Nebraska governor scraps special session for 12-week abortion ban due to lack of support

Nebraska Gov. Pete Ricketts (R) on Monday reversed his plan to call a special session of the state legislature to pass a 12-week abortion ban after an insufficient number of lawmakers indicated they would support such a measure.

Ricketts had vowed to call the special session after the draft Supreme Court opinion overturning Roe v. Wade leaked, but the governor said on Monday, months after the actual decision dropped, he received a letter from the state speaker revealing a vote would not have the 33 state senators needed for passage.

“It is deeply saddening that only 30 Nebraska state senators are willing to come back to Lincoln this fall in order to protect innocent life,” the governor said in a statement, which comes less than a week after voters in neighboring Kansas rejected a ballot initiative that would have allowed its lawmakers to restrict abortion.

“The proposal to change Nebraska’s state law that prohibits abortions starting at 20 weeks and reduce that to 12 weeks is a measured, reasonable step to protect more preborn babies in our state,” Ricketts added.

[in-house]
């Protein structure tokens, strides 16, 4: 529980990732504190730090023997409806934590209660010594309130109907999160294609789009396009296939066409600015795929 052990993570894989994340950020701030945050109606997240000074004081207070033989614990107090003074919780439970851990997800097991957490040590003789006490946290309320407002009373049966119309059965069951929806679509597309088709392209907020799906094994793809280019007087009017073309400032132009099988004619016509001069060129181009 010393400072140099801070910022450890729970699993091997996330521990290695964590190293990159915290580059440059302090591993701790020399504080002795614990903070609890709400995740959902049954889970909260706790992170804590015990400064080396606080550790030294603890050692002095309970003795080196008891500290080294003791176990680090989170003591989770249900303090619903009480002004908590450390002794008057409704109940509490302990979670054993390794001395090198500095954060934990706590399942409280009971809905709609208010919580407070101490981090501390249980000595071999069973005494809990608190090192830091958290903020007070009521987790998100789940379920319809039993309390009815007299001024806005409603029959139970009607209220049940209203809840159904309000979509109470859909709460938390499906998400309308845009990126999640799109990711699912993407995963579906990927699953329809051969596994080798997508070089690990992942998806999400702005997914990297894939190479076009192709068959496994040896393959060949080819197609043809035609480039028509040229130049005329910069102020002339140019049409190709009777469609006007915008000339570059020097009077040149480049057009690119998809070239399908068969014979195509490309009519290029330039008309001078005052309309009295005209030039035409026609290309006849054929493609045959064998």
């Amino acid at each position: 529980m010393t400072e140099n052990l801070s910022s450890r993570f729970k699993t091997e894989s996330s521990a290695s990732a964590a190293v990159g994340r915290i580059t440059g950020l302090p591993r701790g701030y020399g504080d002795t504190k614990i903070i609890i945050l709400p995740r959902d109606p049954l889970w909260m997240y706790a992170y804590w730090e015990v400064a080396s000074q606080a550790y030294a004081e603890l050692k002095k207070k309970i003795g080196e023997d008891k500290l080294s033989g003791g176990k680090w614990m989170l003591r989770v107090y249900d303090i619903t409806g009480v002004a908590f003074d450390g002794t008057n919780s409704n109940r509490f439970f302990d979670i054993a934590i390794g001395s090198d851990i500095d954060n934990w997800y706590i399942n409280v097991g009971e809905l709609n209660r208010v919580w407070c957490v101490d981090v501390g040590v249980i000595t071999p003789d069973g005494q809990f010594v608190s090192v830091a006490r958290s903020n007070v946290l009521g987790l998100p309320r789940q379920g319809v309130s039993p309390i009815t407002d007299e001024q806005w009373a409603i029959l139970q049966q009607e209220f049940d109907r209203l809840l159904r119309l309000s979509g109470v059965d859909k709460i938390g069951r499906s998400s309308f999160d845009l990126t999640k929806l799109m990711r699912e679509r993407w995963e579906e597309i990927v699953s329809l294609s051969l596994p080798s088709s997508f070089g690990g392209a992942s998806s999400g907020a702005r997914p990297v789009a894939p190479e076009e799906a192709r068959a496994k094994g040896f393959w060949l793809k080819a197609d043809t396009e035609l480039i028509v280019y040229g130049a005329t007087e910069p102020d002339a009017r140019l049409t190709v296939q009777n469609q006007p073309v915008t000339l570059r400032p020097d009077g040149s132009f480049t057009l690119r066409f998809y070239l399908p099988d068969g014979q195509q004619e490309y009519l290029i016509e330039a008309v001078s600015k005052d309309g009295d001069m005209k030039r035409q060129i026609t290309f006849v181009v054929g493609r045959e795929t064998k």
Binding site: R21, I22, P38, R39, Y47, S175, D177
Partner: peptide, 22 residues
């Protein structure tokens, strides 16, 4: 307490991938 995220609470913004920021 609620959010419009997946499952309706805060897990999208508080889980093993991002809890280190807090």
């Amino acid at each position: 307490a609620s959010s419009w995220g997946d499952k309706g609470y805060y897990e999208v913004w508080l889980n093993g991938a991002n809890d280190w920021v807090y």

After the Supreme Court earlier this summer overturned Roe v. Wade and Planned Parenthood v. Casey, rejecting a constitutional right to abortion, red states saw a flurry of activity seeking to restrict the procedure.

Some states had previously passed so-called trigger laws that automatically implemented abortion restrictions following the court’s ruling, while Republican leaders in other states, like Nebraska, promised to call special legislative sessions to quickly pass new restrictions.

“I ask all Nebraskans who are pro-life to look at the list of state senators who signed the letter,” Ricketts said, urging residents to call their lawmakers.

Indiana’s governor on Friday signed a near-total ban on the procedure, the first state to approve abortion restrictions following the court’s ruling.

The law will take effect on Sept. 15 and includes exceptions in cases of rape, incest, protecting the health of the mother or when the fetus has a lethal anomaly. Abortions would also be permitted up to 10-weeks post-fertilization.

In Nebraska, patients must receive counseling designed to discourage them from having an abortion and wait 24 hours before undergoing the procedure, according to the Guttmacher Institute, a pro-abortion nonprofit.

“Most of the free world has more reasonable abortion laws than Nebraska,” Ricketts said. 

“Over 75 percent of countries around the world have placed restrictions on abortion at 12 weeks,” he continued. “Our 20-week abortion ban puts us in line with a narrow ten percent of countries — including countries like North Korea and China — that fail to protect preborn babies.”

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